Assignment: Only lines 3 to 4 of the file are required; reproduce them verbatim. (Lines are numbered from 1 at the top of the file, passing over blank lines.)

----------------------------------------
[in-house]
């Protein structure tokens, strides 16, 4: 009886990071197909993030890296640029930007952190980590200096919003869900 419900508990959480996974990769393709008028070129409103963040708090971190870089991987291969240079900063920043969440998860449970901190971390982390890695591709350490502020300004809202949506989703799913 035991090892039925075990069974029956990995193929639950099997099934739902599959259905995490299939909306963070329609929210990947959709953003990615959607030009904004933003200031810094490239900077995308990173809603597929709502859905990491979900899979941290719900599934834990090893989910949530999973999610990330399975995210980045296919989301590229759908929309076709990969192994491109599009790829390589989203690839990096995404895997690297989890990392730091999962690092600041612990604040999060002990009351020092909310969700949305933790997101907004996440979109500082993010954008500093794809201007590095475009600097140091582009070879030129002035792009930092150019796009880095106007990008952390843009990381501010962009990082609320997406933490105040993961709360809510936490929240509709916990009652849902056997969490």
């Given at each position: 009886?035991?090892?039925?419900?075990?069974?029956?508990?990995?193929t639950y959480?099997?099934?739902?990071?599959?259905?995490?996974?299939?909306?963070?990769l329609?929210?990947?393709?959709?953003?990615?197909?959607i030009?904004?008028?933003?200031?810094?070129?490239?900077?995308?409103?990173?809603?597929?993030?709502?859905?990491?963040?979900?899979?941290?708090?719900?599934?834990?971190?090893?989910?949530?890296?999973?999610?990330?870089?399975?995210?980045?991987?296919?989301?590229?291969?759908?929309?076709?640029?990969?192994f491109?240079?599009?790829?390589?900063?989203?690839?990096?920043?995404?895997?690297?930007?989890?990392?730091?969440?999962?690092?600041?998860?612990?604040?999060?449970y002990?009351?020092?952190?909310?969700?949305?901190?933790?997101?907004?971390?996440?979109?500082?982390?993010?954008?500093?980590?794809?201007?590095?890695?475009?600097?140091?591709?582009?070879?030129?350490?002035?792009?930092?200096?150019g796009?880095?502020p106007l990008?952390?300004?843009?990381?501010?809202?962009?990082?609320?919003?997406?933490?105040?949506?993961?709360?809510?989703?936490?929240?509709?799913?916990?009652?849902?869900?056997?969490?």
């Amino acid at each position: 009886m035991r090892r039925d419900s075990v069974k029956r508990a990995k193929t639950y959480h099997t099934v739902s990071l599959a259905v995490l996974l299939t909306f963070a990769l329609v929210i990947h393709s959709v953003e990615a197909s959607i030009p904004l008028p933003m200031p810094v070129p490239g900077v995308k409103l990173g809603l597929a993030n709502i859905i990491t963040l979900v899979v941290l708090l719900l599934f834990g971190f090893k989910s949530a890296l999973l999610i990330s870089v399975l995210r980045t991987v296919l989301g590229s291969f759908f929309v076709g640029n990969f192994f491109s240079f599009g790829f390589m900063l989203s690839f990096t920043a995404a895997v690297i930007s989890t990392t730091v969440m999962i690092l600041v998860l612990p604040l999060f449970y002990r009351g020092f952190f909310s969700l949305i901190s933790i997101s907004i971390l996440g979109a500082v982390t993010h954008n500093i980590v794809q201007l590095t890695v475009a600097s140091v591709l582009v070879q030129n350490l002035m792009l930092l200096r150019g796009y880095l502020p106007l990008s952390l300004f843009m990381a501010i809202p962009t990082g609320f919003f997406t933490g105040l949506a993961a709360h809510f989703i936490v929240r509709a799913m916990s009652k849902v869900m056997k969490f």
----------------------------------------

């Given at each position: 009886?035991?090892?039925?419900?075990?069974?029956?508990?990995?193929t639950y959480?099997?099934?739902?990071?599959?259905?995490?996974?299939?909306?963070?990769l329609?929210?990947?393709?959709?953003?990615?197909?959607i030009?904004?008028?933003?200031?810094?070129?490239?900077?995308?409103?990173?809603?597929?993030?709502?859905?990491?963040?979900?899979?941290?708090?719900?599934?834990?971190?090893?989910?949530?890296?999973?999610?990330?870089?399975?995210?980045?991987?296919?989301?590229?291969?759908?929309?076709?640029?990969?192994f491109?240079?599009?790829?390589?900063?989203?690839?990096?920043?995404?895997?690297?930007?989890?990392?730091?969440?999962?690092?600041?998860?612990?604040?999060?449970y002990?009351?020092?952190?909310?969700?949305?901190?933790?997101?907004?971390?996440?979109?500082?982390?993010?954008?500093?980590?794809?201007?590095?890695?475009?600097?140091?591709?582009?070879?030129?350490?002035?792009?930092?200096?150019g796009?880095?502020p106007l990008?952390?300004?843009?990381?501010?809202?962009?990082?609320?919003?997406?933490?105040?949506?993961?709360?809510?989703?936490?929240?509709?799913?916990?009652?849902?869900?056997?969490?």
């Amino acid at each position: 009886m035991r090892r039925d419900s075990v069974k029956r508990a990995k193929t639950y959480h099997t099934v739902s990071l599959a259905v995490l996974l299939t909306f963070a990769l329609v929210i990947h393709s959709v953003e990615a197909s959607i030009p904004l008028p933003m200031p810094v070129p490239g900077v995308k409103l990173g809603l597929a993030n709502i859905i990491t963040l979900v899979v941290l708090l719900l599934f834990g971190f090893k989910s949530a890296l999973l999610i990330s870089v399975l995210r980045t991987v296919l989301g590229s291969f759908f929309v076709g640029n990969f192994f491109s240079f599009g790829f390589m900063l989203s690839f990096t920043a995404a895997v690297i930007s989890t990392t730091v969440m999962i690092l600041v998860l612990p604040l999060f449970y002990r009351g020092f952190f909310s969700l949305i901190s933790i997101s907004i971390l996440g979109a500082v982390t993010h954008n500093i980590v794809q201007l590095t890695v475009a600097s140091v591709l582009v070879q030129n350490l002035m792009l930092l200096r150019g796009y880095l502020p106007l990008s952390l300004f843009m990381a501010i809202p962009t990082g609320f919003f997406t933490g105040l949506a993961a709360h809510f989703i936490v929240r509709a799913m916990s009652k849902v869900m056997k969490f």